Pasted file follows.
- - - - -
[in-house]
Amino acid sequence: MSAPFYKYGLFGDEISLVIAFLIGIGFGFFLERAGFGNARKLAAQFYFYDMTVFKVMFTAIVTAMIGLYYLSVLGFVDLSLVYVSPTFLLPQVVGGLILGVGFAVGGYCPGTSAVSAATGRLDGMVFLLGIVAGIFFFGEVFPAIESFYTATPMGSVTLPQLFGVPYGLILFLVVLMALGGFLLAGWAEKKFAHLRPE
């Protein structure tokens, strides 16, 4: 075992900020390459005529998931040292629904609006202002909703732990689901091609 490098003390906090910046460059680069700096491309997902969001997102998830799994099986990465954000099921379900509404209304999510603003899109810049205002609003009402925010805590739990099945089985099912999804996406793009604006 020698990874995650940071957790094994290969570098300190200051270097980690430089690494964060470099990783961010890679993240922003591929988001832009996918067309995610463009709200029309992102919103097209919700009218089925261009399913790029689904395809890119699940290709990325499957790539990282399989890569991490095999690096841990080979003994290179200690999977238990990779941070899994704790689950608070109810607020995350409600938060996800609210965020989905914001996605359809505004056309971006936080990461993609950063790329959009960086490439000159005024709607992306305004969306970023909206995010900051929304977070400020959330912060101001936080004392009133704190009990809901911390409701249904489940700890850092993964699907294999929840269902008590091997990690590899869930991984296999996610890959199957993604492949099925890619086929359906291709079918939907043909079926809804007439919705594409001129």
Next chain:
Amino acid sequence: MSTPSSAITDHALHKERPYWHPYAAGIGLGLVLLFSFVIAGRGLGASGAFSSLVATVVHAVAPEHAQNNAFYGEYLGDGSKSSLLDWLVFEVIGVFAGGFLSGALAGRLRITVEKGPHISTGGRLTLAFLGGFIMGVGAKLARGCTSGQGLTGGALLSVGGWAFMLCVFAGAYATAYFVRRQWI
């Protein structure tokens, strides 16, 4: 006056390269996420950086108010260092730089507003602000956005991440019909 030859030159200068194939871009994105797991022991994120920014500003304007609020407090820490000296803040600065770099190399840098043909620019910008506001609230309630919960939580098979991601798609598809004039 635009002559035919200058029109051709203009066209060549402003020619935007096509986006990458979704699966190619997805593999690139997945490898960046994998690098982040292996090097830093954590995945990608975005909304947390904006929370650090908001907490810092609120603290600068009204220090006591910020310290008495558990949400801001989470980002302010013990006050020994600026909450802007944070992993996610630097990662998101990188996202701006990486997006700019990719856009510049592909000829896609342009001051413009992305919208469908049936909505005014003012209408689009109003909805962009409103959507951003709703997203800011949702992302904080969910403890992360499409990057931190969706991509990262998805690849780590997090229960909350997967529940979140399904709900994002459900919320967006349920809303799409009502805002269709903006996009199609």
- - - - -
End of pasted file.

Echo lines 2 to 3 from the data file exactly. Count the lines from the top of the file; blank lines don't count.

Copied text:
Amino acid sequence: MSAPFYKYGLFGDEISLVIAFLIGIGFGFFLERAGFGNARKLAAQFYFYDMTVFKVMFTAIVTAMIGLYYLSVLGFVDLSLVYVSPTFLLPQVVGGLILGVGFAVGGYCPGTSAVSAATGRLDGMVFLLGIVAGIFFFGEVFPAIESFYTATPMGSVTLPQLFGVPYGLILFLVVLMALGGFLLAGWAEKKFAHLRPE
């Protein structure tokens, strides 16, 4: 075992900020390459005529998931040292629904609006202002909703732990689901091609 490098003390906090910046460059680069700096491309997902969001997102998830799994099986990465954000099921379900509404209304999510603003899109810049205002609003009402925010805590739990099945089985099912999804996406793009604006 020698990874995650940071957790094994290969570098300190200051270097980690430089690494964060470099990783961010890679993240922003591929988001832009996918067309995610463009709200029309992102919103097209919700009218089925261009399913790029689904395809890119699940290709990325499957790539990282399989890569991490095999690096841990080979003994290179200690999977238990990779941070899994704790689950608070109810607020995350409600938060996800609210965020989905914001996605359809505004056309971006936080990461993609950063790329959009960086490439000159005024709607992306305004969306970023909206995010900051929304977070400020959330912060101001936080004392009133704190009990809901911390409701249904489940700890850092993964699907294999929840269902008590091997990690590899869930991984296999996610890959199957993604492949099925890619086929359906291709079918939907043909079926809804007439919705594409001129």